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Page 27 text:
X , 34
3 1929 L ECHO 1929 x
Senior Class Will
Realizing that our school life is swiftly ebbing, and that soon, all of the present
mortal remains of what has been heretofore the Class of 1929 of Naples High School,
will be scattered to the four winds of the heavens and that our class willvbe but a
beautiful memory in the minds of our teachers, we, individually and collectively,
separately and conglomerately, believing ourselves to be of sound mind and sounder
bodies, do solemnly declare and swear that this is our last will and testament.
I.-l. To the Juniors: We give our honorable name of Seniors. This honor is a
difficult one to carry. Grave responsibilities and graver privileges accompany it. Never
fail in the one nor grant freedom in the other.
2. To the Sophomores: We tender our scholastic ability. Not with the hope
that it can ever be equalled, but with the hope that it will be a source of never failing
3. To the Freshmen: VVe bequeath our dignity. Goodness knows, Freshmen,
you need it. Tall, gangling and awkward, you display your newness everywhere.
Take on the cloak we give you. Aspire and achieve.
II.-l. I, Eleanor Cleveland, will my ability ??? to bluff the teachers to Helen
Maxfield, trusting that she will be more successful than I have been.
2. I, Weld Conley, do give unto 'fTWink" Guile some of my six feet, two inches
and hope that he will attain the peak of perfection with it.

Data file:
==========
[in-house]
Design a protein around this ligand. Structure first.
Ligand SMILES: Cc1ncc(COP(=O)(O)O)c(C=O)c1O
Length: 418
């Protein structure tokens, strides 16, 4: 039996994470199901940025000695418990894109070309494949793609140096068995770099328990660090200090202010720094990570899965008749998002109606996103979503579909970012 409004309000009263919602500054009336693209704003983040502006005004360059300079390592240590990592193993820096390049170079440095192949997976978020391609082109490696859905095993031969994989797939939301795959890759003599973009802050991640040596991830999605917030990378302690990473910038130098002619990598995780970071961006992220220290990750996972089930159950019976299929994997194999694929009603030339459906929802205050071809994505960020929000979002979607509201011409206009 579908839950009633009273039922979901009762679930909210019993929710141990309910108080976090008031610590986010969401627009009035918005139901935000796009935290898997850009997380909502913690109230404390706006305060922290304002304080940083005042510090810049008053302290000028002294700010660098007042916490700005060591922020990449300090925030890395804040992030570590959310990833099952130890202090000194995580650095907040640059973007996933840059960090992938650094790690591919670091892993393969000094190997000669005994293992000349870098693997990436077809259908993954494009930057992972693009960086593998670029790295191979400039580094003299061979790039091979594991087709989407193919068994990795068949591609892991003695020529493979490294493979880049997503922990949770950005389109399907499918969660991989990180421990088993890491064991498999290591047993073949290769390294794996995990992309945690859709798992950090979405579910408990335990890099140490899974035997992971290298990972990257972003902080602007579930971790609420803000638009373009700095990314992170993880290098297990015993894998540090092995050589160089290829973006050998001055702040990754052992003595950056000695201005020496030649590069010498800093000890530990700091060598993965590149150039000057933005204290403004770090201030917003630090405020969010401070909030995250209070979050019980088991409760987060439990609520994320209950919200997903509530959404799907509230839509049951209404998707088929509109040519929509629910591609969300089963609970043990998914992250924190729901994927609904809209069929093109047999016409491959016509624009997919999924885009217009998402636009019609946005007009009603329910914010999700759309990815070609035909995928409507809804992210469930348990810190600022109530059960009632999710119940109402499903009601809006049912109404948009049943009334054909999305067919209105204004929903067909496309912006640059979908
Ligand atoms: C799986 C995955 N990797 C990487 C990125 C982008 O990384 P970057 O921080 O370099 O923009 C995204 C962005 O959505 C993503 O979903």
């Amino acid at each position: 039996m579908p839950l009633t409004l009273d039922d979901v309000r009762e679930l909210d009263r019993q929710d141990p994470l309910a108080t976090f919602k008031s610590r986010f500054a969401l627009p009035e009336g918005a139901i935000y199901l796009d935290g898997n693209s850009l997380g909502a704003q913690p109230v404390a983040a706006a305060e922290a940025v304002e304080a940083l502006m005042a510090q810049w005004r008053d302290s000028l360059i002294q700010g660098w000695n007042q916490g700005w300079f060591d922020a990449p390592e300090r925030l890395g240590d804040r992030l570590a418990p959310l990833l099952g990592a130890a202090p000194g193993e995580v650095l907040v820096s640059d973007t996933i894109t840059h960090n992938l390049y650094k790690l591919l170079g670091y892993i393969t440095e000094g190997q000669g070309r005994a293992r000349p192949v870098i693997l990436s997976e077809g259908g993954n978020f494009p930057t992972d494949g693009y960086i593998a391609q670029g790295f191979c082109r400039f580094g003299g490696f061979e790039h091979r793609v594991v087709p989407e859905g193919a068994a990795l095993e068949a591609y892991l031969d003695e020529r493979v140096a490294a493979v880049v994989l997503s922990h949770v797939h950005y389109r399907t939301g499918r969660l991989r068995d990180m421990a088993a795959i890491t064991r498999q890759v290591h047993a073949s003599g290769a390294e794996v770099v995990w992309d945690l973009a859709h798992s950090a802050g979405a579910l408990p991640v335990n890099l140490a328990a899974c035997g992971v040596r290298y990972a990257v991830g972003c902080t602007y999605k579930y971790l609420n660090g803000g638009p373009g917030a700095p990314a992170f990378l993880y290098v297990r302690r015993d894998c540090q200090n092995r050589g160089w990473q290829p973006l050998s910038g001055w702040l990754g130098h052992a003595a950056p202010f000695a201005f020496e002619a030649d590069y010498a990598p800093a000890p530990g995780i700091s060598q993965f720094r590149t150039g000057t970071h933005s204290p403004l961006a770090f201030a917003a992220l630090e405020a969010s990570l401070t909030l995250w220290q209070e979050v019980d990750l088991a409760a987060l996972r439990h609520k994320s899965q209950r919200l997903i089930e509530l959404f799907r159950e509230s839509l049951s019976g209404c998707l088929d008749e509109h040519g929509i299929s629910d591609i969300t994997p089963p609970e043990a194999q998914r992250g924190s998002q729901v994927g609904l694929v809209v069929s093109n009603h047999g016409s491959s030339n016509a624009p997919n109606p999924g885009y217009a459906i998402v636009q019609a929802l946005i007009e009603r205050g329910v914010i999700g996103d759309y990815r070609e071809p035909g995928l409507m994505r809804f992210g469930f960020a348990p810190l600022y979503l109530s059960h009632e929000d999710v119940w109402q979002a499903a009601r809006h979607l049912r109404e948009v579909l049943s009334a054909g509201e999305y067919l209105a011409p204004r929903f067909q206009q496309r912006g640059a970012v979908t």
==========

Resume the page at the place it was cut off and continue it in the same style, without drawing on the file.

3. I, Irene Chapman, bequeath my prevailing sickness when called upon in class,
to Alice Capron for she seems to "go on forever".
4. I, Bernice Cull, do tender to Kathryn Lafler some of my seriousness. She
certainly can use a lot of it.
I 5. I, Margaret Wolvin do give to Marjorie Lyon, my gum chewing ability,
although it 'might be a useless gift to such an expert.
6. I, Winona Graves, leave to "Jelly" West my silence. Goodness knows, she
needs a lot of it.
7. I, Eva Wohlschlegel, do give unto "Dot" Otto my executive ability. The
indications are that she will find many uses for it.
8. I, Lucile Guile, having been slim, even "skinny", do give unto Mary Cleland,
that quality, for she will profit by it.
9. I, James Richards, bequeath to "Heine" Haynes my rough and ready ways and
my eternally optimistic nature.
10. I, Alberta Warner, always appearing innocent, although not always so, do
turn over that quality to Jean Putnam. .
ll. I, Carl Misel, sorrel top extraordinary, turn over a portion of my red hair to
lVI1l. Muehe. It will be a fitting companion for his "temperament".
12. I, Ruth Maxfield, having no longer any need for my smiles, given them to
"Becky" Woodruff. Here's hoping that will be more potent with the -male sex, than I.
13. I, Ada Miller, give my punctuality to Charlie Briglin. Perhaps he will be
more appreciated if he has that quality.
14. I, Carolyn L. Krape do will to Carol Holcomb, my modesty and retiring
disposition. Not that she needs it but-
l5. I, Dortha Shay, give my hair-dressing ability to Martha Corwin.
16. We, Mary Steinmetz, Helen Jennings, and Cyril Fox, join hands in turning
over to the Sophomores our earnestness of purpose in school.
III.-1. And we do appoint, without bond, Conrad C. Muehe, Principal of
Naples High School as executor and administrator of this will, trusting to his integrity
and honor that all its provisions will be faithfully carried out.
The Class of 1929-C. H. M.
Page 26 text:
3 1929 L'ECHO 1929 E
Our Class-Ten Years Hence
My friend and I were leisurely enjoying afternoon tea at my summer home,
Woodville, at the head of Canandaigua Lake. Conversation lagged and in despera-
tion we turned on the radio. Just as the "Economical Fouru, as the Cornish Quartette